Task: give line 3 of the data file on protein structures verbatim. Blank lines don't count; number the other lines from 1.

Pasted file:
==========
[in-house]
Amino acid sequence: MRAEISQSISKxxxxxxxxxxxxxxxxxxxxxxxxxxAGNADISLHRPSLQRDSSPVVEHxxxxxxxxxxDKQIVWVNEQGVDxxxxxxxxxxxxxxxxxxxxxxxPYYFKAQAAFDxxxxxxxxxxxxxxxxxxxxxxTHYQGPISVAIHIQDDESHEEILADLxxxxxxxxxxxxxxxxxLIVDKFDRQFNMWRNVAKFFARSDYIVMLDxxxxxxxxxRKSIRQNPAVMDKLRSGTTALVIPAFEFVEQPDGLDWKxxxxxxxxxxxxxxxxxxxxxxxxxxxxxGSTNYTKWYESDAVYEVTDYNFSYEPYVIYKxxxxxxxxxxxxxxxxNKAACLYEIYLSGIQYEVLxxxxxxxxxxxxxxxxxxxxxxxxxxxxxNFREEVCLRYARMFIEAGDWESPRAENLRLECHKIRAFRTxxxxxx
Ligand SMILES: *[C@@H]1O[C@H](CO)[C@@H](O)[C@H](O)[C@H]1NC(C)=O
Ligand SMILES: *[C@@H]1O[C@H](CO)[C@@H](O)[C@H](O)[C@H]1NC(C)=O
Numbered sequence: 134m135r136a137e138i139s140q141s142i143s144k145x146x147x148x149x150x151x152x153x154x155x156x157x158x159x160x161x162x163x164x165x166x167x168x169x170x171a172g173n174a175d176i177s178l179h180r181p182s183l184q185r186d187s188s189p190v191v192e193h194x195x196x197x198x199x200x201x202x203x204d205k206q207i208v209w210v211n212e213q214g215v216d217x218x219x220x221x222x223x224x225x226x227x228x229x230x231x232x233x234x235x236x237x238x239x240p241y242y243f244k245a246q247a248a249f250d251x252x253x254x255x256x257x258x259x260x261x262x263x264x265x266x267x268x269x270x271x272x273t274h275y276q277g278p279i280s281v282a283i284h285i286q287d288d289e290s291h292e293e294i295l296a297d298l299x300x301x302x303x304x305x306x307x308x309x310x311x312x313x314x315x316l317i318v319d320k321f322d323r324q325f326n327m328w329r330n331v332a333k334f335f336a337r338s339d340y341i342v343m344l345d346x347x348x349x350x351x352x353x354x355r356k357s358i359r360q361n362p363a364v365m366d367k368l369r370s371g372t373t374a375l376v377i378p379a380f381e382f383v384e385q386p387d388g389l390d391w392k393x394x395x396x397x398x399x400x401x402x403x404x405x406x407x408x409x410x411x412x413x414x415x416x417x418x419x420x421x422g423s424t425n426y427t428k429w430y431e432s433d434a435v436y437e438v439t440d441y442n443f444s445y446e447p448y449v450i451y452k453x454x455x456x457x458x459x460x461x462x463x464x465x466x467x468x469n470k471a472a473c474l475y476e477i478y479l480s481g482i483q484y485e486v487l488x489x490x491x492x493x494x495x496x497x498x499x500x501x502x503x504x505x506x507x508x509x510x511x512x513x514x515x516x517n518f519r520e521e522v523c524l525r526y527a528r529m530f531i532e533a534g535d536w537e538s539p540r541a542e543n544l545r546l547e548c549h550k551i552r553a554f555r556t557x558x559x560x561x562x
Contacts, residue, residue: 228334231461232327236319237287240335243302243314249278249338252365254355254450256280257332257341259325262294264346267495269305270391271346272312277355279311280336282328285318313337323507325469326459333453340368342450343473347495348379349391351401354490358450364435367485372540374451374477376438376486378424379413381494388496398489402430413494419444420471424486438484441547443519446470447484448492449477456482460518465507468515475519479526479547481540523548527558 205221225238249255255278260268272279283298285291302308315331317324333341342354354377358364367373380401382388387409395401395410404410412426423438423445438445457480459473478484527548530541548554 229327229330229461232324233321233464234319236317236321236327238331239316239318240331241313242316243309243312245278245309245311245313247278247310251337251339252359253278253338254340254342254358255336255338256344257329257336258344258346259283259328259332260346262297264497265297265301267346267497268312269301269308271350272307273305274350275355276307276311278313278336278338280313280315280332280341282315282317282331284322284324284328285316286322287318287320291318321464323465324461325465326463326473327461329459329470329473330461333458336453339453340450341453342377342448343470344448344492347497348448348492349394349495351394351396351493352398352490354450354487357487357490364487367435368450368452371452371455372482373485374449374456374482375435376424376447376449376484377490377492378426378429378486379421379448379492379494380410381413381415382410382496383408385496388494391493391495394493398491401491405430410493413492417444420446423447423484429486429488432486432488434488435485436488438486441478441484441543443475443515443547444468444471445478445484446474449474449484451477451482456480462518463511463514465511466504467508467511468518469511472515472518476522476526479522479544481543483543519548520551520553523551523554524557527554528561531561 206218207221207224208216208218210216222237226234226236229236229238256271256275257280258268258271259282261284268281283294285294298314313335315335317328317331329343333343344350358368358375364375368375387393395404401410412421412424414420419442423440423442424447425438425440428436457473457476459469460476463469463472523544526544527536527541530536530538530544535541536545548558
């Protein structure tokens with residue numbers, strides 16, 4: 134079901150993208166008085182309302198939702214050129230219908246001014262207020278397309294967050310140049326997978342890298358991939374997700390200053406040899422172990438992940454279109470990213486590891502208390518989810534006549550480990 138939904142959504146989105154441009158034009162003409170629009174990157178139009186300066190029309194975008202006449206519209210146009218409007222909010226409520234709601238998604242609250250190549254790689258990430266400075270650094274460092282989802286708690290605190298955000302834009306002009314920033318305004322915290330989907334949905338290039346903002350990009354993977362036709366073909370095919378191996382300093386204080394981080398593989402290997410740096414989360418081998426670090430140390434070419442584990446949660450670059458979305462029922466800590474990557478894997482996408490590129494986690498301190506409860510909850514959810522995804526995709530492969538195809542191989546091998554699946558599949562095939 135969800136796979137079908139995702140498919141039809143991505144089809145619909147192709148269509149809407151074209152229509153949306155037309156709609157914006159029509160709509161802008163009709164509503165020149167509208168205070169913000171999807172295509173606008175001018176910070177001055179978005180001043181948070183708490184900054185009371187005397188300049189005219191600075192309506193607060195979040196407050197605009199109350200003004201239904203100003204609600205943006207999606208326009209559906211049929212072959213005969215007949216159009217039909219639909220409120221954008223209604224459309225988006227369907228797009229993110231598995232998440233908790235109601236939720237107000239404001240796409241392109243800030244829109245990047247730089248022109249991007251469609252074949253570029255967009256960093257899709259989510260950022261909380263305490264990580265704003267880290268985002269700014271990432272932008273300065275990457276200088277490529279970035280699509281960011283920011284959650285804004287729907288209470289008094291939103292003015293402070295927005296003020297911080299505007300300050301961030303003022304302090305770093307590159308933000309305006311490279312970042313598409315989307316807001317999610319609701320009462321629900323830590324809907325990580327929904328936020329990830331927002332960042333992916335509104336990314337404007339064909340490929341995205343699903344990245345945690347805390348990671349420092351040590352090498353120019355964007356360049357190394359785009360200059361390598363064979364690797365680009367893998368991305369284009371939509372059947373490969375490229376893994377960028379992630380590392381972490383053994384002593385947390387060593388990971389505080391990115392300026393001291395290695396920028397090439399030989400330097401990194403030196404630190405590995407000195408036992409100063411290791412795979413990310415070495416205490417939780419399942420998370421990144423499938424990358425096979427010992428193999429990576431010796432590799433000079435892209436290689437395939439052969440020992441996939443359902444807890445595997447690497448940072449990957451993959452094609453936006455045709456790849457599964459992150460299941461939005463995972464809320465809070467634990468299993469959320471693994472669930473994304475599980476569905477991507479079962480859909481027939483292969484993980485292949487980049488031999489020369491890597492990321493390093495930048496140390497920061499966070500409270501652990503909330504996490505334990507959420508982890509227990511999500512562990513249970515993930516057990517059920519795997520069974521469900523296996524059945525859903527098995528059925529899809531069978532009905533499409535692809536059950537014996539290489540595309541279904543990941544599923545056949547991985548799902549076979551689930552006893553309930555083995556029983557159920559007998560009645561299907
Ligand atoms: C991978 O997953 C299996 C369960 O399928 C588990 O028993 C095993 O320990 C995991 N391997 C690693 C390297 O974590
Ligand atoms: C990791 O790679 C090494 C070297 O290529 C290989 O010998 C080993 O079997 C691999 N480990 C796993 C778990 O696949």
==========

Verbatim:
Ligand SMILES: *[C@@H]1O[C@H](CO)[C@@H](O)[C@H](O)[C@H]1NC(C)=O